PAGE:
This year's challenge is going to start strong, with all the things my musical choices are known for:

         *Bullet* Obscure band (a 2000s Norwegian glam metal band in this case)

         *Bullet* High Energy (you read the part about it being a Norwegian glam metal band, yes?)

         *Bullet* Discovered on a film/TV soundtrack (it's the Peacemaker theme song)

I actually included a link to the opening title sequence of Peacemaker rather than the full actual song because the choreographed dance number is also worth watching. The song and dance together do a remarkable job of establishing the over-the-top cheesy tone of the show.

Fun fact, this show's theme song actually saved the band. Formed in 2001, they had broken up in 2013 and then tried reuniting in 2019. According to an interview with Billboard, the lead singer (Glam) said that their agency actually dropped them three days before the pilot aired. Thanks to the popularity of the show, their streaming numbers are spiking, they've signed with a new agent, and they're booking gigs all over the world, including the United States where they previously hadn't ever been able to drum up enough interest for a tour.

The real reason I wanted to include this song, though, was to talk a little about Peacemaker's showrunner, writer/director James Gunn. In addition to Peacemaker, he did last year's The Suicide Squad, and before that was the writer/director of both installments of Marvel's Guardians of the Galaxy franchise. He was slated to continue on with Guardians of the Galaxy Vol. 3 in 2018 when, in response to right-wing troll Mike Cernovich unearthing past tweets of Gunn's, he was fired by Disney.

To be fair, some of those tweets were in extremely poor taste and made light about topics such as pedophilia and rape. The other side of the coin, however, was that these were tweets from over a decade prior, and had already been deleted after a mea culpa from Gunn explaining that he recognized in hindsight that the tweets were in poor taste and not acceptable, hence why he deleted them. And Mike Cernovich has a reputation for hypocrisy, bad faith attacks, and smear campaigns against "liberal" celebrities.

Neither side was completely innocent, which is what makes it a fascinating case study for the question of whether people can truly atone for mistakes in their past, and if there's a point where "I was young and stupid and make a mistake" is an acceptable excuse. Or should your past follow you forever, always? Does it depend on the offense, or how sincerely their remorse is perceived to be by others?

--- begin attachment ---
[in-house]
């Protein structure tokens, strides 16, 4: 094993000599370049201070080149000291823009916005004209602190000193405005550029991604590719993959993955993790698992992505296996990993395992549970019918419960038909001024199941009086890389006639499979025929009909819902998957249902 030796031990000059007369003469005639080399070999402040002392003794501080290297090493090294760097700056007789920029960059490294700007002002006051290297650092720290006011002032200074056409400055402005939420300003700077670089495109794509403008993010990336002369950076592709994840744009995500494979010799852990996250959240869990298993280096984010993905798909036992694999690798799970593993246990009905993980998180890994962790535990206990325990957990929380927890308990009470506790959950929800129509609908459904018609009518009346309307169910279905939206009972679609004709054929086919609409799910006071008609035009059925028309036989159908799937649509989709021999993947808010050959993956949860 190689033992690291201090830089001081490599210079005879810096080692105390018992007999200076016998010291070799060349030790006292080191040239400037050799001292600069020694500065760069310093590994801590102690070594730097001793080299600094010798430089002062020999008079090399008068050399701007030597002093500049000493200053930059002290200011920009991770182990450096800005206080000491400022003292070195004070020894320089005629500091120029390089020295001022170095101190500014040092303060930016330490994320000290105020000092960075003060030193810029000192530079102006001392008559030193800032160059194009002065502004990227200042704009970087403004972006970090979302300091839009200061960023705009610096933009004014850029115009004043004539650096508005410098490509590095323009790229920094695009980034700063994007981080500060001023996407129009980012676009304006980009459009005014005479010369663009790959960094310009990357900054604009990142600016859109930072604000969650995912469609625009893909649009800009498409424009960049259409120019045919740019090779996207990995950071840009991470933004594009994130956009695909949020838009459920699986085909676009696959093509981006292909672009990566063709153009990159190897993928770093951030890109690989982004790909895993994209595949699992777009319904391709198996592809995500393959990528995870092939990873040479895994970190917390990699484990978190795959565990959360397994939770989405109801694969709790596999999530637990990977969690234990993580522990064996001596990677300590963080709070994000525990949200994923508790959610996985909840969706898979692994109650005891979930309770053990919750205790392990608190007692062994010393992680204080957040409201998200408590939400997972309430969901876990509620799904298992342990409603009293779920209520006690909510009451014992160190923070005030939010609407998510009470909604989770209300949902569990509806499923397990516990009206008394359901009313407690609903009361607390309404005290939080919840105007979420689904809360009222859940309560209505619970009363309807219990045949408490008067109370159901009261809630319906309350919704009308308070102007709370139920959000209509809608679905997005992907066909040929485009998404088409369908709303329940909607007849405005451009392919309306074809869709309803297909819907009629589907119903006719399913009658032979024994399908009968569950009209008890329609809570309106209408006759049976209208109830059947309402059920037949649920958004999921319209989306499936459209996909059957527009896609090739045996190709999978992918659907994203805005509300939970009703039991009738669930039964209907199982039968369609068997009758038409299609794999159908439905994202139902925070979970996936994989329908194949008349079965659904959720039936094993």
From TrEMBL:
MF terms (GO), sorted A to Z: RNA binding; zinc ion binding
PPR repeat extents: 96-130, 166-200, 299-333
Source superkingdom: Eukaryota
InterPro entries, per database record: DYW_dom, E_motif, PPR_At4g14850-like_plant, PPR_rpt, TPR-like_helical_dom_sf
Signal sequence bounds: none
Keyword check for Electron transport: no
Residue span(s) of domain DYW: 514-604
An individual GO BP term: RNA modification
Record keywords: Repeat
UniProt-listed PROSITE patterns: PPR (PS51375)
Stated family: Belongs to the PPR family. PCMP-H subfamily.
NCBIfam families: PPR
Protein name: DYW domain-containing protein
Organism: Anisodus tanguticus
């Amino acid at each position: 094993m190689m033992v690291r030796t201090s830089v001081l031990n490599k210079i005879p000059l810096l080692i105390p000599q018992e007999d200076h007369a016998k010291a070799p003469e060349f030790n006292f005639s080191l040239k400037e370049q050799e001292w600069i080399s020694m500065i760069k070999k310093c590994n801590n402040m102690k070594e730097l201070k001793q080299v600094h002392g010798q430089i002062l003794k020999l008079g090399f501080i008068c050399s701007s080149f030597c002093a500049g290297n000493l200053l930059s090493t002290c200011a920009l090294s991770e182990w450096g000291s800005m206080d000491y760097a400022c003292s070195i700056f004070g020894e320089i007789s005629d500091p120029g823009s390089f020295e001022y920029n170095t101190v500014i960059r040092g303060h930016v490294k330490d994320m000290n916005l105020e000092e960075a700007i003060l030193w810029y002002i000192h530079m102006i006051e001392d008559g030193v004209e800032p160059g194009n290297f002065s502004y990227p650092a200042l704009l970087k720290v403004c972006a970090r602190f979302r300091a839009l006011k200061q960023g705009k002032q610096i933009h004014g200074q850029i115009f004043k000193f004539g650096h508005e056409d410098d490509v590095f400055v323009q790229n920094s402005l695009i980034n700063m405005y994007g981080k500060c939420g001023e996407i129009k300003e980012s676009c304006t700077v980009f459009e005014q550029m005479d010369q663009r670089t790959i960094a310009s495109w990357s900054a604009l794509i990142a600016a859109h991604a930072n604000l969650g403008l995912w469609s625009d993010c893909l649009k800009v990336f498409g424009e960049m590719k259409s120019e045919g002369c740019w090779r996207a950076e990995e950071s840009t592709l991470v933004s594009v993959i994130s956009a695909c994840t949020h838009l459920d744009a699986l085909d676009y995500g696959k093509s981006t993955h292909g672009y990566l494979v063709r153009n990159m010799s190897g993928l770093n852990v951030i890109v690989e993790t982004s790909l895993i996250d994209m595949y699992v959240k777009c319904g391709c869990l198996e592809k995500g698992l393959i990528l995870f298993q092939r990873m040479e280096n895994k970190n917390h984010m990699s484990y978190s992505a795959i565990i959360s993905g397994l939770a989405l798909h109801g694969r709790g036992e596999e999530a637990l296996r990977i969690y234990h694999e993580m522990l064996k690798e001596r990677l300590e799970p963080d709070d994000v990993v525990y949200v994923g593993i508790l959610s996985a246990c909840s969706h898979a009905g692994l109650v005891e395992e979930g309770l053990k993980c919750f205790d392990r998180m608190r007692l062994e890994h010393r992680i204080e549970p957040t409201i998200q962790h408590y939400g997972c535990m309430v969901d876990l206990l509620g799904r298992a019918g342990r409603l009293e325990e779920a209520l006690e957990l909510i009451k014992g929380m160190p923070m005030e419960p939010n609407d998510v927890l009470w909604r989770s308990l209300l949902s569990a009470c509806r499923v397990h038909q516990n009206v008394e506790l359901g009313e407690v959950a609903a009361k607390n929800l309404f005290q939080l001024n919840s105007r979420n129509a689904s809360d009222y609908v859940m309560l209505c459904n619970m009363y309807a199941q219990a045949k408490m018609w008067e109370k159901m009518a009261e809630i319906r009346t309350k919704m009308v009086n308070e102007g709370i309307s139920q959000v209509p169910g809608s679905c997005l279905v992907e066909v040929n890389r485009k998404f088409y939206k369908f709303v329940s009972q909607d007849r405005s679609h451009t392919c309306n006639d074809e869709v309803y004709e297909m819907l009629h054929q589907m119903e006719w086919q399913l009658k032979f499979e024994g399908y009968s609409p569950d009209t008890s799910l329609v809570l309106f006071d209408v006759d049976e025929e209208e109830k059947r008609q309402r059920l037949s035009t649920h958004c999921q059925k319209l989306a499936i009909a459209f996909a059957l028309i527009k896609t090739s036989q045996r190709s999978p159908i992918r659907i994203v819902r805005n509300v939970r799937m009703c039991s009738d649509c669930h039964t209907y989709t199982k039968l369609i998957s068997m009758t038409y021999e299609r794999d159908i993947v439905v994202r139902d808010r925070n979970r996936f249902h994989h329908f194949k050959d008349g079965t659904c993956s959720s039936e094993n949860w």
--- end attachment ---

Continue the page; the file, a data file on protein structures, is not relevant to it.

Ultimately, Gunn parted ways with Disney and did The Suicide Squad and Peacemaker for DC over the past couple of years. And then Marvel hired him back to do Guardians of the Galaxy Vol. 3 after all, thanks in large part to the Guardians cast advocating for his return and in some cases threatening to leave the project themselves if he wasn't reinstated. Personally, I feel like it was the right choice. The initial accusations against him weren't in good faith, he had previously atoned for those mistakes, and I think Disney caved to political pressure.

It does worry me, however, especially now that I have two young children. Mistakes are a part of everyone's life, especially in our formative years. In order to grow and develop as people, we have to make choices that have consequences, both good and bad. But there's a lot of research now about how kids are so afraid of being ostracized for "wrong" or out-of-the-mainstream opinions that they just go along with the status quo rather than questioning things, suggesting ideas that are out of the box, etc. And with something like humor, if you're not pushing the envelope from time to time, you're probably not very funny. It's not healthy to live your entire life in fear of being called out for making a mistake a long time ago.

I worry that my kids are going to grow up in a world where every mistake will follow them around forever. Where any pissed-off ex can post revenge porn on the internet, and every job recruiter can find pictures or video of that one time they got hammered on spring break. Or, even worse, where my kids play it so safe that they never even try to think for themselves or voice their own real opinions for fear that some troll will pick apart something they said years ago when they were naive or immature or didn't know better.

Anyway, when you're ready for a break from these deep thoughts, you really should check out Peacemaker if you enjoy irreverent humor and violence. It's a fun show that takes a surprisingly deep dive into the psyche of the title character, trying to figure out whether he's basically a good guy who is sometimes a loser asshole... or if he's really the loser asshole and just occasionally does good things. *Bigsmile*

January 29, 2022 at 11:35pm
January 29, 2022 at 11:35pm

I keep meticulous track of all the books, scripts, and comics I read every year. Plus the podcasts I listen to. But the one thing I don't do very often is write about the things I watch. I don't really know why I haven't until this point, but I recently noticed that a friend of mine writes up a "media consumption" post on Facebook every month and I thought I might start doing the same.